So we can deduce from this that roughly 95 percent of police shootings were sadly necessary and are fully justifiable. Not that I make the point that we should not be looking for ways to reduce these numbers, through de-escalation, less-lethal means etc., but to suggest that the police are simply ‘killing’ 1,000 people a year without context is at best misleading and at worst tantamount to lying to attempt to convince the reader that the police are indiscriminate murderers.
Finally let’s put those events where law enforcement does result in a death into context. A million police officers in the US. Let’s be conservative and assume that only 10 percent of those officers are on duty and out on patrol at any one time. So that’s 100,000 men and women out on the streets of our towns and cities throughout the US on any given day.
Let’s assume each officer encounters/contacts an average of 20 members of the public on that typical day. The number is typically much higher- especially for officers on the beat or in patrol cars but again, using conservative numbers.
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So we have two million daily encounters/conversations/observations etc. – some kind of interaction or contact of any kind – per day between law enforcement and the public. Over the 365 days of a year that’s 730 million contacts.
From those 730 million contacts your editorial cites that there are 10.5 million arrests, the majority of which you state result in dismissed charges. And back to my earlier point – law enforcement has no control over whether charges are dropped or upheld. Their job is to arrest suspects who are or appear to be breaking laws.
10.5 million arrests out of my conservative 730 million contacts gives an arrest rate of 1.44 percent. Out of all those contacts between law enforcement and the public throughout America over the course of a year less than 2 percent of people encountered by police are arrested.
And of those, 1,000 are shootings or otherwise fatal incidents. If we look at that as a percentage of total daily contact between the police and the public over the course of a year, that is an incident rate of 0.000136 percent.
Less than a thousandth of a percent of contacts result in a fatality. And as noted above, based on the Post’s analysis, around 95 percent of those incidents are generally justified as a result of the suspect posing a real threat to the public or police. So we have 5 percent of less than 1000th of a percent of law enforcement contacts that could be considered questionable or completely unjustified. Those are the ones we of course hear about in the news.
So if less than 2 percent of contacts result in an arrest and less than a thousandth of a percent of contacts result in a fatality, clearly those officers must be doing something else with their time. Perhaps you might care to spend some time with police officers on the street to see what that really is.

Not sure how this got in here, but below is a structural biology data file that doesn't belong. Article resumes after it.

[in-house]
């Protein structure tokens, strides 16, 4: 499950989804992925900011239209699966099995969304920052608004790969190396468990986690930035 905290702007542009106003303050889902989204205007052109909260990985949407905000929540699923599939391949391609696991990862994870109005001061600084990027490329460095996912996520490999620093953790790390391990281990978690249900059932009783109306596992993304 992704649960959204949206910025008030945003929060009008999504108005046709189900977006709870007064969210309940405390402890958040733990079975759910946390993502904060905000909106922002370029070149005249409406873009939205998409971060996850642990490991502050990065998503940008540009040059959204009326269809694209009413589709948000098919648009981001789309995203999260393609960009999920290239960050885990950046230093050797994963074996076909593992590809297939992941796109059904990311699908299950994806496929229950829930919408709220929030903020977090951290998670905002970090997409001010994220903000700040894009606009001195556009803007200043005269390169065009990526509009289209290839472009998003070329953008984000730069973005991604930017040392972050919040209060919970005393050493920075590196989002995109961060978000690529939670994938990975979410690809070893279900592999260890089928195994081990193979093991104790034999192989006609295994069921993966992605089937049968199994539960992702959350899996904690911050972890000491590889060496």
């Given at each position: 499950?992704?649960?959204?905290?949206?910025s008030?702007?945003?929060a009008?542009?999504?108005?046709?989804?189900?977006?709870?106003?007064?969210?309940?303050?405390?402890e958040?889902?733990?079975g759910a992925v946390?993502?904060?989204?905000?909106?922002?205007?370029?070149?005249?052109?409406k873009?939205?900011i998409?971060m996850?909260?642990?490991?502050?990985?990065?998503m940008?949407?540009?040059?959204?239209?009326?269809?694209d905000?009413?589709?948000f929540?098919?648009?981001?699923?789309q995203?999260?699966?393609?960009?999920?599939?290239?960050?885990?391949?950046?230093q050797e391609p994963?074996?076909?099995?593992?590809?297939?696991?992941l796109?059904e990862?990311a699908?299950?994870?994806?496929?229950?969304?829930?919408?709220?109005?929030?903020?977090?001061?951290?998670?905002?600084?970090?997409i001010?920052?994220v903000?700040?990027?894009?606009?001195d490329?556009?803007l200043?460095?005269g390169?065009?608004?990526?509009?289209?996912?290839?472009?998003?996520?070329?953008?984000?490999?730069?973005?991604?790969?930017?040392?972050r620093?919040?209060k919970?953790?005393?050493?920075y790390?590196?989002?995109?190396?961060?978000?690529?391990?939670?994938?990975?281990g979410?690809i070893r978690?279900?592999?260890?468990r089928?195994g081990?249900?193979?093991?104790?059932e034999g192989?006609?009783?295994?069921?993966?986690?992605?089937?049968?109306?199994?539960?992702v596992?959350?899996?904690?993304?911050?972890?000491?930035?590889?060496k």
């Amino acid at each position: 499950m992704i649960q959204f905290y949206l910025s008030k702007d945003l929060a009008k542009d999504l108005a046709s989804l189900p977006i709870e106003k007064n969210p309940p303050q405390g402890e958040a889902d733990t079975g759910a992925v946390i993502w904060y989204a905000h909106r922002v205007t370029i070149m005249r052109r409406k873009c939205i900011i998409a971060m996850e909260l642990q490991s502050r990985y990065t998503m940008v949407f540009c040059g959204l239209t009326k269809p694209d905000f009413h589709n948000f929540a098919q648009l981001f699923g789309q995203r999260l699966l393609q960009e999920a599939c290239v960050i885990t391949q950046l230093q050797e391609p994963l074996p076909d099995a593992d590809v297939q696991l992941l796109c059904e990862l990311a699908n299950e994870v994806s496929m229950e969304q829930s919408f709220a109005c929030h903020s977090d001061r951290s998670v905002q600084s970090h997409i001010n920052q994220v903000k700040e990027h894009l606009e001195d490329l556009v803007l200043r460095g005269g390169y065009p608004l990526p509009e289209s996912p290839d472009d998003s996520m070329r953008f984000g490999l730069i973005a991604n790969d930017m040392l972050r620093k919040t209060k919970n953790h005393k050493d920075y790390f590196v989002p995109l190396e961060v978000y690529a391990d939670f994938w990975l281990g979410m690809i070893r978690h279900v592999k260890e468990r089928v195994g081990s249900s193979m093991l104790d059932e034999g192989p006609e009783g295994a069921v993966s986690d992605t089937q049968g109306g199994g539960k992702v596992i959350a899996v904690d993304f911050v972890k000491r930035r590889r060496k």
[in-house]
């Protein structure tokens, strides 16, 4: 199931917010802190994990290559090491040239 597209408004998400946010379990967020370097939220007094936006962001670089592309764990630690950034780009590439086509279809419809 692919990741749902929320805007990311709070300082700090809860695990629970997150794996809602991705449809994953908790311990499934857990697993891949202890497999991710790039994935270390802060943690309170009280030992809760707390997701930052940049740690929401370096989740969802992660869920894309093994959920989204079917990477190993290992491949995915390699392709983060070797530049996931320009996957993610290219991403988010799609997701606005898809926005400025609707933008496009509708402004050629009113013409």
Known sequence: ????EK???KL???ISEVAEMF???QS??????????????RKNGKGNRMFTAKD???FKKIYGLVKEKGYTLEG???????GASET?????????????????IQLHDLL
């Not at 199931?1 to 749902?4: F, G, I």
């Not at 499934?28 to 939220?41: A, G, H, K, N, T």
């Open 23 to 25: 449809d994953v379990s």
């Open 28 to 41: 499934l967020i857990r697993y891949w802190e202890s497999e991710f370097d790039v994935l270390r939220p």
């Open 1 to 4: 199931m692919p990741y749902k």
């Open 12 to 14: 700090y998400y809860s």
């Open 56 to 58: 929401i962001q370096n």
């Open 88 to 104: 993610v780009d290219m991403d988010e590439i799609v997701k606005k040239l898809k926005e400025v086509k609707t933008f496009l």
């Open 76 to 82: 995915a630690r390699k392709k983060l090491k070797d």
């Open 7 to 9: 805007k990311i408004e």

Administering Narcan to avert fatal overdoes, helping homeless people get services, picking up a wheelchair-confined homeless elderly man and taking him to the hospital, talking to neighborhood children, stopping by local businesses to check on owners, hosting a monthly community meeting to connect with the neighborhood to find solutions to crime, publishing a daily Twitter feed to ensure the community gets real time news of what the cops on the streets are doing and why, chasing social services to get a toddler at risk living on the streets with drug-addicted parents into a safe place- the list is endless.
That’s just a few of the examples that I have personal knowledge of. The vast majority of police and law enforcement officers spend their time serving the public to make our communities safer. Arrests are just one part of the job of an officer, incidences of violence are extremely rare, and as the Washington Post stated, fatalities that are questionable as a result of an officers’ poor judgment or worse, poor character, are so rare that they are less than 5 percent of 1000th of a percent of the outcome of any of the contacts between law enforcement and the public. And yet articles like yours suggest exactly the opposite.
The New York Times’ stated core purpose is to “enhance society by creating, collecting and distributing high-quality news, information and entertainment”.
This editorial does not represent any of these values, and by including an article such as this, which provide a wholly inaccurate and misleading depiction of law enforcement in this country, does everything to damage society by undermining the efforts of decent men and women who go out every day with an unwavering commitment to protect the innocent from harm and make our communities safe.
Ms. Julie J. Watson